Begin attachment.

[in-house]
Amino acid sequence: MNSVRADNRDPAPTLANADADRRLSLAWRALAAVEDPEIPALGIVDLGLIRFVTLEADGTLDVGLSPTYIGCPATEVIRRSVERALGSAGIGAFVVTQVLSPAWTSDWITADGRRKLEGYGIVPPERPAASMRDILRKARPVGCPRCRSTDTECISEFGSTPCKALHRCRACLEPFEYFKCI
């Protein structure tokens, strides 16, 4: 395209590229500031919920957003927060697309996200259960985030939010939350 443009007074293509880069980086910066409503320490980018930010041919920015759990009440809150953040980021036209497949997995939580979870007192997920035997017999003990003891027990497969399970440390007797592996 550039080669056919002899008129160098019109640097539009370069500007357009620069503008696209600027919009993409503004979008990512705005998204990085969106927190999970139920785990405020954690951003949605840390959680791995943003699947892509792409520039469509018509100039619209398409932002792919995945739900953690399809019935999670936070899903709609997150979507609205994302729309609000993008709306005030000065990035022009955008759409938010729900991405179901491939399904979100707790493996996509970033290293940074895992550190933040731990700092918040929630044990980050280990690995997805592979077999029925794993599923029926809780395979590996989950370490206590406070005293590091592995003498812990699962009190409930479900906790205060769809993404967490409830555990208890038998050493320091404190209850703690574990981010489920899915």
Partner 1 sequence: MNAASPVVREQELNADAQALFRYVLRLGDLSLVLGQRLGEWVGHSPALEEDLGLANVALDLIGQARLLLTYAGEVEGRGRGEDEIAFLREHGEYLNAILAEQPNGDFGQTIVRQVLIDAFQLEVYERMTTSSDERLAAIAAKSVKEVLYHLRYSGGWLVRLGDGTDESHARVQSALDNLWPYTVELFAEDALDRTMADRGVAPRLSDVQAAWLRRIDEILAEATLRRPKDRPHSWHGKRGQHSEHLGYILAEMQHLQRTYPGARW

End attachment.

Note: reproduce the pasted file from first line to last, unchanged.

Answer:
[in-house]
Amino acid sequence: MNSVRADNRDPAPTLANADADRRLSLAWRALAAVEDPEIPALGIVDLGLIRFVTLEADGTLDVGLSPTYIGCPATEVIRRSVERALGSAGIGAFVVTQVLSPAWTSDWITADGRRKLEGYGIVPPERPAASMRDILRKARPVGCPRCRSTDTECISEFGSTPCKALHRCRACLEPFEYFKCI
């Protein structure tokens, strides 16, 4: 395209590229500031919920957003927060697309996200259960985030939010939350 443009007074293509880069980086910066409503320490980018930010041919920015759990009440809150953040980021036209497949997995939580979870007192997920035997017999003990003891027990497969399970440390007797592996 550039080669056919002899008129160098019109640097539009370069500007357009620069503008696209600027919009993409503004979008990512705005998204990085969106927190999970139920785990405020954690951003949605840390959680791995943003699947892509792409520039469509018509100039619209398409932002792919995945739900953690399809019935999670936070899903709609997150979507609205994302729309609000993008709306005030000065990035022009955008759409938010729900991405179901491939399904979100707790493996996509970033290293940074895992550190933040731990700092918040929630044990980050280990690995997805592979077999029925794993599923029926809780395979590996989950370490206590406070005293590091592995003498812990699962009190409930479900906790205060769809993404967490409830555990208890038998050493320091404190209850703690574990981010489920899915």
Partner 1 sequence: MNAASPVVREQELNADAQALFRYVLRLGDLSLVLGQRLGEWVGHSPALEEDLGLANVALDLIGQARLLLTYAGEVEGRGRGEDEIAFLREHGEYLNAILAEQPNGDFGQTIVRQVLIDAFQLEVYERMTTSSDERLAAIAAKSVKEVLYHLRYSGGWLVRLGDGTDESHARVQSALDNLWPYTVELFAEDALDRTMADRGVAPRLSDVQAAWLRRIDEILAEATLRRPKDRPHSWHGKRGQHSEHLGYILAEMQHLQRTYPGARW